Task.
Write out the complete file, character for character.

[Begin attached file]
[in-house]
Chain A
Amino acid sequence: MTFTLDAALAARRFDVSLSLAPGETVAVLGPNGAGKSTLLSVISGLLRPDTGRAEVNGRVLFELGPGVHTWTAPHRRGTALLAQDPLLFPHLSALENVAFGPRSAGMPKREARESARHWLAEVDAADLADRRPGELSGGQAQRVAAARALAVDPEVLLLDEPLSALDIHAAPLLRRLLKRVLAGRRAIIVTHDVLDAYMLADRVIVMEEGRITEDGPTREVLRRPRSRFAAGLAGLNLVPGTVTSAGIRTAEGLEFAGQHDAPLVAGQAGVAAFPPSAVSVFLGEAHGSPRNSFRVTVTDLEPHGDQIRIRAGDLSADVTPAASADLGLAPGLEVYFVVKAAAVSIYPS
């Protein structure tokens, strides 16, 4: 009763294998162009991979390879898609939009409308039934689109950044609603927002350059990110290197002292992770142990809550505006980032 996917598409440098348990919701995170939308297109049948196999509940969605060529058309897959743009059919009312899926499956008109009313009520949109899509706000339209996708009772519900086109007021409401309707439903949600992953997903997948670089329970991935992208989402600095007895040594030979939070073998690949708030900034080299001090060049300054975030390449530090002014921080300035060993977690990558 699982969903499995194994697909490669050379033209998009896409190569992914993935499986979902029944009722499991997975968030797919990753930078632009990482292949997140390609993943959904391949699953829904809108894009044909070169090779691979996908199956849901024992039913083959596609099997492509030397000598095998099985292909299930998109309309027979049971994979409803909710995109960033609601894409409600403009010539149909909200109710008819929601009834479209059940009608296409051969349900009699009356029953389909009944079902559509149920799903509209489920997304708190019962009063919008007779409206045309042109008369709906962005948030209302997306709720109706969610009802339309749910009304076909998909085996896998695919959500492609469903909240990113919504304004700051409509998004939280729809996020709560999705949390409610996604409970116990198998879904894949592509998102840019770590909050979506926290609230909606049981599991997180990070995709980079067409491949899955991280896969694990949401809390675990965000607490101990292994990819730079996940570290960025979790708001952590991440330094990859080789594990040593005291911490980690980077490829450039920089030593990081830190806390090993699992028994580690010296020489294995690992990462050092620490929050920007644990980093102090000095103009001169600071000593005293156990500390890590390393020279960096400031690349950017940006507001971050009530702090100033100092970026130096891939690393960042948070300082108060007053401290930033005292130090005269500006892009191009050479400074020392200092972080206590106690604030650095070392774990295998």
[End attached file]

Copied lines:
[in-house]
Chain A
Amino acid sequence: MTFTLDAALAARRFDVSLSLAPGETVAVLGPNGAGKSTLLSVISGLLRPDTGRAEVNGRVLFELGPGVHTWTAPHRRGTALLAQDPLLFPHLSALENVAFGPRSAGMPKREARESARHWLAEVDAADLADRRPGELSGGQAQRVAAARALAVDPEVLLLDEPLSALDIHAAPLLRRLLKRVLAGRRAIIVTHDVLDAYMLADRVIVMEEGRITEDGPTREVLRRPRSRFAAGLAGLNLVPGTVTSAGIRTAEGLEFAGQHDAPLVAGQAGVAAFPPSAVSVFLGEAHGSPRNSFRVTVTDLEPHGDQIRIRAGDLSADVTPAASADLGLAPGLEVYFVVKAAAVSIYPS
């Protein structure tokens, strides 16, 4: 009763294998162009991979390879898609939009409308039934689109950044609603927002350059990110290197002292992770142990809550505006980032 996917598409440098348990919701995170939308297109049948196999509940969605060529058309897959743009059919009312899926499956008109009313009520949109899509706000339209996708009772519900086109007021409401309707439903949600992953997903997948670089329970991935992208989402600095007895040594030979939070073998690949708030900034080299001090060049300054975030390449530090002014921080300035060993977690990558 699982969903499995194994697909490669050379033209998009896409190569992914993935499986979902029944009722499991997975968030797919990753930078632009990482292949997140390609993943959904391949699953829904809108894009044909070169090779691979996908199956849901024992039913083959596609099997492509030397000598095998099985292909299930998109309309027979049971994979409803909710995109960033609601894409409600403009010539149909909200109710008819929601009834479209059940009608296409051969349900009699009356029953389909009944079902559509149920799903509209489920997304708190019962009063919008007779409206045309042109008369709906962005948030209302997306709720109706969610009802339309749910009304076909998909085996896998695919959500492609469903909240990113919504304004700051409509998004939280729809996020709560999705949390409610996604409970116990198998879904894949592509998102840019770590909050979506926290609230909606049981599991997180990070995709980079067409491949899955991280896969694990949401809390675990965000607490101990292994990819730079996940570290960025979790708001952590991440330094990859080789594990040593005291911490980690980077490829450039920089030593990081830190806390090993699992028994580690010296020489294995690992990462050092620490929050920007644990980093102090000095103009001169600071000593005293156990500390890590390393020279960096400031690349950017940006507001971050009530702090100033100092970026130096891939690393960042948070300082108060007053401290930033005292130090005269500006892009191009050479400074020392200092972080206590106690604030650095070392774990295998």